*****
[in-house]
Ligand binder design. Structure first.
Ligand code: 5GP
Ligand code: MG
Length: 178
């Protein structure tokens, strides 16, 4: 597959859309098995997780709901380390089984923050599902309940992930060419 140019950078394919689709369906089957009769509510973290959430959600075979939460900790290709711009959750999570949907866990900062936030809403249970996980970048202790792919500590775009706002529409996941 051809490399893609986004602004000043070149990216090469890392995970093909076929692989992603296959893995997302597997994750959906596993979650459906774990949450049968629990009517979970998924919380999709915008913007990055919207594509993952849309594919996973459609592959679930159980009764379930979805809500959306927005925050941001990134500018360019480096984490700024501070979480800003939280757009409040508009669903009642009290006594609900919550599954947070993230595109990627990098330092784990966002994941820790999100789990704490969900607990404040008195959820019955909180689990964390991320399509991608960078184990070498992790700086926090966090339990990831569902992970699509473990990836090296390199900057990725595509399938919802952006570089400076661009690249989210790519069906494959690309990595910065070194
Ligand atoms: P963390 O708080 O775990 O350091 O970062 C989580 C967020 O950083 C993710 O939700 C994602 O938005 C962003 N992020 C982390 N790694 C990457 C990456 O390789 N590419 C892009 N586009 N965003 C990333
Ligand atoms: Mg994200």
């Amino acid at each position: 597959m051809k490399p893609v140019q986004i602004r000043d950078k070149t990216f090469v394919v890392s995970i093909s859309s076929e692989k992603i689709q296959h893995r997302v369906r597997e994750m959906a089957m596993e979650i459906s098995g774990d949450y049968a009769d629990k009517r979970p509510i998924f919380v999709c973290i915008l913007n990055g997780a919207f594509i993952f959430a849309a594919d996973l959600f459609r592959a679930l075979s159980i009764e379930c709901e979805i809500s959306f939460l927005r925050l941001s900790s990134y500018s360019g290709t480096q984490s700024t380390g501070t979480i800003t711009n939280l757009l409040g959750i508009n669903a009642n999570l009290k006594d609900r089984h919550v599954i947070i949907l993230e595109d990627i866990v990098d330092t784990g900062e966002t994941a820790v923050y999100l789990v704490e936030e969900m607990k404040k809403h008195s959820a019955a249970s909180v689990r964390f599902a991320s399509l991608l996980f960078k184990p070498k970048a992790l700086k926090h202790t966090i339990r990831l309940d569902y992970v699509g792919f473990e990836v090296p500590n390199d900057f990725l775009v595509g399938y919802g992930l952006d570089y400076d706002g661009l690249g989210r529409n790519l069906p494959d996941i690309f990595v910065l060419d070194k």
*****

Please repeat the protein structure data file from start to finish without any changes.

[in-house]
Ligand binder design. Structure first.
Ligand code: 5GP
Ligand code: MG
Length: 178
């Protein structure tokens, strides 16, 4: 597959859309098995997780709901380390089984923050599902309940992930060419 140019950078394919689709369906089957009769509510973290959430959600075979939460900790290709711009959750999570949907866990900062936030809403249970996980970048202790792919500590775009706002529409996941 051809490399893609986004602004000043070149990216090469890392995970093909076929692989992603296959893995997302597997994750959906596993979650459906774990949450049968629990009517979970998924919380999709915008913007990055919207594509993952849309594919996973459609592959679930159980009764379930979805809500959306927005925050941001990134500018360019480096984490700024501070979480800003939280757009409040508009669903009642009290006594609900919550599954947070993230595109990627990098330092784990966002994941820790999100789990704490969900607990404040008195959820019955909180689990964390991320399509991608960078184990070498992790700086926090966090339990990831569902992970699509473990990836090296390199900057990725595509399938919802952006570089400076661009690249989210790519069906494959690309990595910065070194
Ligand atoms: P963390 O708080 O775990 O350091 O970062 C989580 C967020 O950083 C993710 O939700 C994602 O938005 C962003 N992020 C982390 N790694 C990457 C990456 O390789 N590419 C892009 N586009 N965003 C990333
Ligand atoms: Mg994200």
């Amino acid at each position: 597959m051809k490399p893609v140019q986004i602004r000043d950078k070149t990216f090469v394919v890392s995970i093909s859309s076929e692989k992603i689709q296959h893995r997302v369906r597997e994750m959906a089957m596993e979650i459906s098995g774990d949450y049968a009769d629990k009517r979970p509510i998924f919380v999709c973290i915008l913007n990055g997780a919207f594509i993952f959430a849309a594919d996973l959600f459609r592959a679930l075979s159980i009764e379930c709901e979805i809500s959306f939460l927005r925050l941001s900790s990134y500018s360019g290709t480096q984490s700024t380390g501070t979480i800003t711009n939280l757009l409040g959750i508009n669903a009642n999570l009290k006594d609900r089984h919550v599954i947070i949907l993230e595109d990627i866990v990098d330092t784990g900062e966002t994941a820790v923050y999100l789990v704490e936030e969900m607990k404040k809403h008195s959820a019955a249970s909180v689990r964390f599902a991320s399509l991608l996980f960078k184990p070498k970048a992790l700086k926090h202790t966090i339990r990831l309940d569902y992970v699509g792919f473990e990836v090296p500590n390199d900057f990725l775009v595509g399938y919802g992930l952006d570089y400076d706002g661009l690249g989210r529409n790519l069906p494959d996941i690309f990595v910065l060419d070194k």